Following an outburst of anger, a person’s risk of experiencing a heart attack increases for about two hours, Medical News Today reported.
In a study published in the European Heart Journal, researchers from Harvard University performed a systematic review of nine studies conducted between January 1966 and June 2013 that examined the link between anger and cardiovascular risk.
By calculating the annual rate of heart attacks per 10,000 people in the population, researchers were able to determine a person’s risk of experiencing a cardiac event increased depending on his or her cardiovascular risk level and the number of times they became angry in a day.
"Although the risk of experiencing an acute cardiovascular event with any single outburst of anger is relatively low, the risk can accumulate for people with frequent episodes of anger,” study author Dr. Elizabeth Mostofsky, of Harvard University, said. “This is particularly important for people who have higher risk due to other underlying risk factors or those who have already had a heart attack, stroke or diabetes."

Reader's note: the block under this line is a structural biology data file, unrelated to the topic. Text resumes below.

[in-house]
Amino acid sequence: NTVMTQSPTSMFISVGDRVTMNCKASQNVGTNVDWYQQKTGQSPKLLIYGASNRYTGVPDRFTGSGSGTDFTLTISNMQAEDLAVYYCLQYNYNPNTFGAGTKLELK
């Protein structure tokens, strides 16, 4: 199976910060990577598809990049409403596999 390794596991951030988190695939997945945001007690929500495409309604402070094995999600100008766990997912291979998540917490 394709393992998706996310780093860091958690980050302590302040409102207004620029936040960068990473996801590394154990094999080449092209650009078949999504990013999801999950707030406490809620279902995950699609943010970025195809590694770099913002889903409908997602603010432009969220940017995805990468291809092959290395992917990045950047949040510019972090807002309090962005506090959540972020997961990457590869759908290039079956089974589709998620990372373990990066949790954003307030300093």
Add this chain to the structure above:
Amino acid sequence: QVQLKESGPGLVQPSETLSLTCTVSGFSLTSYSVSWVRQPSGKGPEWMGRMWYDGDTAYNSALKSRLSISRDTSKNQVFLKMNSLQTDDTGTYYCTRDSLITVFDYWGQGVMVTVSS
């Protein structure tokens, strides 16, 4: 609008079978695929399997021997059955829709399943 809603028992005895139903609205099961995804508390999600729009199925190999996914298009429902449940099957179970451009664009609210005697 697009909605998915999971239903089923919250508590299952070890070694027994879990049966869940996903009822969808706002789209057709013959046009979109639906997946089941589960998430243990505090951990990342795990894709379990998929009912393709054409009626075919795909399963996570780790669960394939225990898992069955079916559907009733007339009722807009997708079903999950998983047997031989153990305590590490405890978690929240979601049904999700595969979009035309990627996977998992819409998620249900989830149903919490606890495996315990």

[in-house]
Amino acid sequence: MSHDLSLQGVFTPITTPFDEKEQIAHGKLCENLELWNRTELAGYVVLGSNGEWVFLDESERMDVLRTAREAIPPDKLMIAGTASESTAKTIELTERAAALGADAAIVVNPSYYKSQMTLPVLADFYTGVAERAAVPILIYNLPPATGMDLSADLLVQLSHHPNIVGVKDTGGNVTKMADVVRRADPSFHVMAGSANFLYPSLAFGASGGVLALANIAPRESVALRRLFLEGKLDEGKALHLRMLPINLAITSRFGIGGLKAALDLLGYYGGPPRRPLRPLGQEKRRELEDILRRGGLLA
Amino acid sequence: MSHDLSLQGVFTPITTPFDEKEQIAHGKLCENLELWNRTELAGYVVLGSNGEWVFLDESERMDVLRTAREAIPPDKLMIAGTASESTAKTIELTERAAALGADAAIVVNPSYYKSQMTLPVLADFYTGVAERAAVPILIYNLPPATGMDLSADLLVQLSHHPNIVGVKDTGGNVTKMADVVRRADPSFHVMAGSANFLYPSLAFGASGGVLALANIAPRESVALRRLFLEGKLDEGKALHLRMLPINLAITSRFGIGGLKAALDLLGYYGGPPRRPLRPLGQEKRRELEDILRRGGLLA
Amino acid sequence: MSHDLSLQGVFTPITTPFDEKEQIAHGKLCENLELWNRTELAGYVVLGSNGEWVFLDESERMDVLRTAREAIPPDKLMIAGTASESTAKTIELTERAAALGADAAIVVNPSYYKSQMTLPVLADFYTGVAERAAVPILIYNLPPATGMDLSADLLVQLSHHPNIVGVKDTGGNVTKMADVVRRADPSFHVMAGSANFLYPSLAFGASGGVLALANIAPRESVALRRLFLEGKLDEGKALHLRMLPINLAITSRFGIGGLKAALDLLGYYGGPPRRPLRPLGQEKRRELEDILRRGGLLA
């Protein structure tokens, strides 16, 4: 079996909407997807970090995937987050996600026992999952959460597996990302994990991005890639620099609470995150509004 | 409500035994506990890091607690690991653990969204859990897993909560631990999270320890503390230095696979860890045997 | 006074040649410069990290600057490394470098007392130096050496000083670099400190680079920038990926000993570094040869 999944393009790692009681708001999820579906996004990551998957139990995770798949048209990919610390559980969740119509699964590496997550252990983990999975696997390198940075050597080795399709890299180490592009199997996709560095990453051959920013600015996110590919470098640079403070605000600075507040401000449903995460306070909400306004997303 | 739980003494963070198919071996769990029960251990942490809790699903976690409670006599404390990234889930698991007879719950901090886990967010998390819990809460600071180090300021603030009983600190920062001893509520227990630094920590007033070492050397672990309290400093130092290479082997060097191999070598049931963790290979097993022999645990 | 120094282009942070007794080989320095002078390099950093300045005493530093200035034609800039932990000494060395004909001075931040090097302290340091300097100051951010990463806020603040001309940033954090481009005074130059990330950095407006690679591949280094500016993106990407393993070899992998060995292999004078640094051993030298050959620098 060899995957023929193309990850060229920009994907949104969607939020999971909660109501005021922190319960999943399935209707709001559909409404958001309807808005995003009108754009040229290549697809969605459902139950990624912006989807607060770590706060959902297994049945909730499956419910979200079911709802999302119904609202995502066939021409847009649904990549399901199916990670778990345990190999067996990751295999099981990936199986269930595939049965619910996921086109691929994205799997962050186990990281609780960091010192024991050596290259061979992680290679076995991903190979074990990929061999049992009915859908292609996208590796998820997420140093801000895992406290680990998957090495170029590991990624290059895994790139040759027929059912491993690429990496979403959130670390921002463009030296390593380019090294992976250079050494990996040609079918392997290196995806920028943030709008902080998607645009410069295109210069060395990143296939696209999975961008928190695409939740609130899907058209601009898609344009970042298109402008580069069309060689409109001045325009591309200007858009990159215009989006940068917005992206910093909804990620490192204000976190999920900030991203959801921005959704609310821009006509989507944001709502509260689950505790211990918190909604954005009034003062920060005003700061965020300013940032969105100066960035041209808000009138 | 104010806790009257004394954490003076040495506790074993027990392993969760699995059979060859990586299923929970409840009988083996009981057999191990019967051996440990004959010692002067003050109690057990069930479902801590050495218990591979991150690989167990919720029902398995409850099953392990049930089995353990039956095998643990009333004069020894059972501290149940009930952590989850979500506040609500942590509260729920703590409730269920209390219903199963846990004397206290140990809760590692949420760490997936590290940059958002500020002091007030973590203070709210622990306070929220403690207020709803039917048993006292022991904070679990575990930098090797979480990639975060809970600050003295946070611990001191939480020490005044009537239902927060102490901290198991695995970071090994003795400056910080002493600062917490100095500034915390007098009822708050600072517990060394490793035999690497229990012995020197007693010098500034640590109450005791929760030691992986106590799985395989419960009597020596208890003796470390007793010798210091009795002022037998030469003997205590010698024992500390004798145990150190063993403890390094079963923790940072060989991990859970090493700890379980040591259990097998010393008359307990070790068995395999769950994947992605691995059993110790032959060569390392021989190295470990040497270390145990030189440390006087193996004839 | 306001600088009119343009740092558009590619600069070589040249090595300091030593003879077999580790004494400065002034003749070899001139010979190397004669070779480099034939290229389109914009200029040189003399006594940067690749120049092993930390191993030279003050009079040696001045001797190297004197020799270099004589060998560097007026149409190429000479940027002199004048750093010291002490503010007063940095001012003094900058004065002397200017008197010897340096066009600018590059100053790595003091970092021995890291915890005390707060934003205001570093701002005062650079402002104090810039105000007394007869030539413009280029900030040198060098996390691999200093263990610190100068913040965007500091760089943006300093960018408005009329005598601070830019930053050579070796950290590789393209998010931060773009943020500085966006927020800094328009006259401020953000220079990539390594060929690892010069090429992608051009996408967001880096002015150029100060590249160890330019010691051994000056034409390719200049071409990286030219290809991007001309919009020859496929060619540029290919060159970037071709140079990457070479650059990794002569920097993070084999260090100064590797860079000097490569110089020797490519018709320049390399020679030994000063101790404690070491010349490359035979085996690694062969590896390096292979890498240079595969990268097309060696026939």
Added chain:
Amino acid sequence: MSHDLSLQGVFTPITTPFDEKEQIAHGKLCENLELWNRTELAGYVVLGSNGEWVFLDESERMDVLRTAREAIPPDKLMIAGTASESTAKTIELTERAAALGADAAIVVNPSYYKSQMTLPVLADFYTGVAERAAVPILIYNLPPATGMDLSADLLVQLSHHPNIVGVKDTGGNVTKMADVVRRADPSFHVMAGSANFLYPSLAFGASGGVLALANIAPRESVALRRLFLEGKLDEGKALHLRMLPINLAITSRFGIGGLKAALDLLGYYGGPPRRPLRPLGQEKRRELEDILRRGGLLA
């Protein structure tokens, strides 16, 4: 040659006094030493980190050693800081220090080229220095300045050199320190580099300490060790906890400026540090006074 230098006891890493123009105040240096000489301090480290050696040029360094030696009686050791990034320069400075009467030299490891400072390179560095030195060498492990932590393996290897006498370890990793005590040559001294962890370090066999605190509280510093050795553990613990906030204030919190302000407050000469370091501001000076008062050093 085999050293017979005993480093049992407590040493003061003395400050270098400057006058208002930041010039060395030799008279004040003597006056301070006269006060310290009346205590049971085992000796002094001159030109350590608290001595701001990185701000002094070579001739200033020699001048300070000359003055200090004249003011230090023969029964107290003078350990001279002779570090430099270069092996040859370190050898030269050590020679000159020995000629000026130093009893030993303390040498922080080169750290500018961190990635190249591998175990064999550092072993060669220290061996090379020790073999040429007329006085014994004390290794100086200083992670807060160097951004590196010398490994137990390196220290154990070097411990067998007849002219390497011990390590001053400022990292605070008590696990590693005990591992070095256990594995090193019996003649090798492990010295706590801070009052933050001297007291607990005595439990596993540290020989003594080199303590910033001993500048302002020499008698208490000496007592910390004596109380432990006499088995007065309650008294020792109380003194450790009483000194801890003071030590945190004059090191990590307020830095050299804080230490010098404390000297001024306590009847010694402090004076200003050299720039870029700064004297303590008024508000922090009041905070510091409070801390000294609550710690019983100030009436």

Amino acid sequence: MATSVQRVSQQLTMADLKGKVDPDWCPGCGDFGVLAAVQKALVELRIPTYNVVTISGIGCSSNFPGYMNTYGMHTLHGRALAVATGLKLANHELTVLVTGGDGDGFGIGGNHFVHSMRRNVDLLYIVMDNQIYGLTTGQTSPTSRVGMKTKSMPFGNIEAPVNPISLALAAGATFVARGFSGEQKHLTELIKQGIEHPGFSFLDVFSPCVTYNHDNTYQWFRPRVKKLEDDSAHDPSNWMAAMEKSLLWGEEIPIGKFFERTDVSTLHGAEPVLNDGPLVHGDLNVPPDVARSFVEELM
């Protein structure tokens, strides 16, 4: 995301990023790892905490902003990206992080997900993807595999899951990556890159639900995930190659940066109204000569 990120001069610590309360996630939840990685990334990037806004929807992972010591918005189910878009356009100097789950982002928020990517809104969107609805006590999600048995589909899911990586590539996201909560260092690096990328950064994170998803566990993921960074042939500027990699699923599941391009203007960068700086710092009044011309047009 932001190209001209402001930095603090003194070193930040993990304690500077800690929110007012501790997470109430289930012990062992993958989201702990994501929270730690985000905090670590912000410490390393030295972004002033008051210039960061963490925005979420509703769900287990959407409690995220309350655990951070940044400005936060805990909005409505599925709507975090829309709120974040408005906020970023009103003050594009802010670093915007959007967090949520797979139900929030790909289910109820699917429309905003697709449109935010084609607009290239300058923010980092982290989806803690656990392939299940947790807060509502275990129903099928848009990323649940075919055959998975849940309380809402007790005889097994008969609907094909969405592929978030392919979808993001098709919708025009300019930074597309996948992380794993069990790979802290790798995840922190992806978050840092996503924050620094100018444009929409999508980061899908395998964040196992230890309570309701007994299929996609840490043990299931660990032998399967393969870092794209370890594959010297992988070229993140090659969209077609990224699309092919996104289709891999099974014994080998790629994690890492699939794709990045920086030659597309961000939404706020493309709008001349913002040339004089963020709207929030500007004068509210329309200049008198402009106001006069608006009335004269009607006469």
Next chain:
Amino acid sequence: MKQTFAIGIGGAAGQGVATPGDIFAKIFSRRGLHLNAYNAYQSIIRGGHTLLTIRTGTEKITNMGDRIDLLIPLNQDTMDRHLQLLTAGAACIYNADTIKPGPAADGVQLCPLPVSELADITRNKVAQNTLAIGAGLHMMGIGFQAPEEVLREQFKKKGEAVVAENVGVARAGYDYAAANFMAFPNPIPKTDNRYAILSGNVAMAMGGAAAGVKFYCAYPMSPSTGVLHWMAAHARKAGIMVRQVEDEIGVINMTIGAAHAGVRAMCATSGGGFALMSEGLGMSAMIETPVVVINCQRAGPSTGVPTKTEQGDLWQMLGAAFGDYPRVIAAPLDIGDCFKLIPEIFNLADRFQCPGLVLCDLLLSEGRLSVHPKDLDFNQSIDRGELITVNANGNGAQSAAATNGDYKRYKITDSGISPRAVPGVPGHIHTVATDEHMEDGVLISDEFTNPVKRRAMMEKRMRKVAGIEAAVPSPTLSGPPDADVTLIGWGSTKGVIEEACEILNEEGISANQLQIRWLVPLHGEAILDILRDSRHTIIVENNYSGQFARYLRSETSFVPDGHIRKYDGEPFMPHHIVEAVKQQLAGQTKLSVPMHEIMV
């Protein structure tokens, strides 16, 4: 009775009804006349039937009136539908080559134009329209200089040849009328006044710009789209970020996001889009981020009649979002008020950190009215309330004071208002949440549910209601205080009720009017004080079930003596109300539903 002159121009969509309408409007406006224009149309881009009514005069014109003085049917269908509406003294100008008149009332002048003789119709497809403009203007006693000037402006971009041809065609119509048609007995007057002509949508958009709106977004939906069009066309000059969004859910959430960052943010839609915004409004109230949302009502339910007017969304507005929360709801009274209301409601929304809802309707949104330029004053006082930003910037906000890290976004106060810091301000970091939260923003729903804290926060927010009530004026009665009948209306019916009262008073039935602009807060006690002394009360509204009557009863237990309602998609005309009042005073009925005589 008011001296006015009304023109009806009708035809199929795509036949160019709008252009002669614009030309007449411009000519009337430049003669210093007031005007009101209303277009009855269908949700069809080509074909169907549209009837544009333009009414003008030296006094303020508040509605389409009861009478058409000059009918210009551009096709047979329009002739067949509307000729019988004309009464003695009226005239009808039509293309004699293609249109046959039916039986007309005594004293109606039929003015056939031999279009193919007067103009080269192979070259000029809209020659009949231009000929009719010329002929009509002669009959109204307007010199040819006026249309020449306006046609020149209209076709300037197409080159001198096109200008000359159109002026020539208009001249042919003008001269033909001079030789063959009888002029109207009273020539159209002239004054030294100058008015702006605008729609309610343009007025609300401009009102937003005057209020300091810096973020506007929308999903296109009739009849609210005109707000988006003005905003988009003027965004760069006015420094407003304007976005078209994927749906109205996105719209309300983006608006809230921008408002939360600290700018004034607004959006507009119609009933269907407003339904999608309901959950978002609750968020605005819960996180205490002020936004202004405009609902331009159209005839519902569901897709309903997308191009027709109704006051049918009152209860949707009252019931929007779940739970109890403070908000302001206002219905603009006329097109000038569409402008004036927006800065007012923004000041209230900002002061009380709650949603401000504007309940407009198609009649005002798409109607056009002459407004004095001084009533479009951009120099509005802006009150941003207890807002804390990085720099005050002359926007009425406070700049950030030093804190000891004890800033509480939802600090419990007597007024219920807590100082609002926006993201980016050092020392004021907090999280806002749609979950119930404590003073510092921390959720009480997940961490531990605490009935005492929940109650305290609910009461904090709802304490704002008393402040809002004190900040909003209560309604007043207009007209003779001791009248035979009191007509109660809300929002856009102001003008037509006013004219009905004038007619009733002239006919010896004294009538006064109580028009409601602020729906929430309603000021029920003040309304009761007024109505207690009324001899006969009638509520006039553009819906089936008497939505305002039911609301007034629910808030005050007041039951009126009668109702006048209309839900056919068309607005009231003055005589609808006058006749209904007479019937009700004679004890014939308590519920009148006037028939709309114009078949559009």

For people with low cardiovascular risk factors who had angry outbursts only once a month, the annual rate of heart attacks increased by only one heart attack per 10,000 people. For people with several cardiovascular risk factors, the annual rate of heart attacks increased by four per 10,000 people.
However, for low-risk people who had five angry outbursts per day, there were 158 extra heart attacks per 10,000 people – and for high-risk people who had five episodes of anger per day, there were 657 extra heart attacks per 10,000 people.
Though the researchers did not study the mechanism behind this connection, they noted that stress can increase heart rate and blood pressure, which could lead to blood clots or trigger an inflammatory response.
"Given the lessons we have learned from trying to treat depression after [myocardial infarction], treating anger in isolation is unlikely to be impactful. Instead, a broader and more comprehensive approach to treating acute and chronic mental stress, and its associated psychological stressors, is likely to be needed to heal a hostile heart," the study’s authors wrote.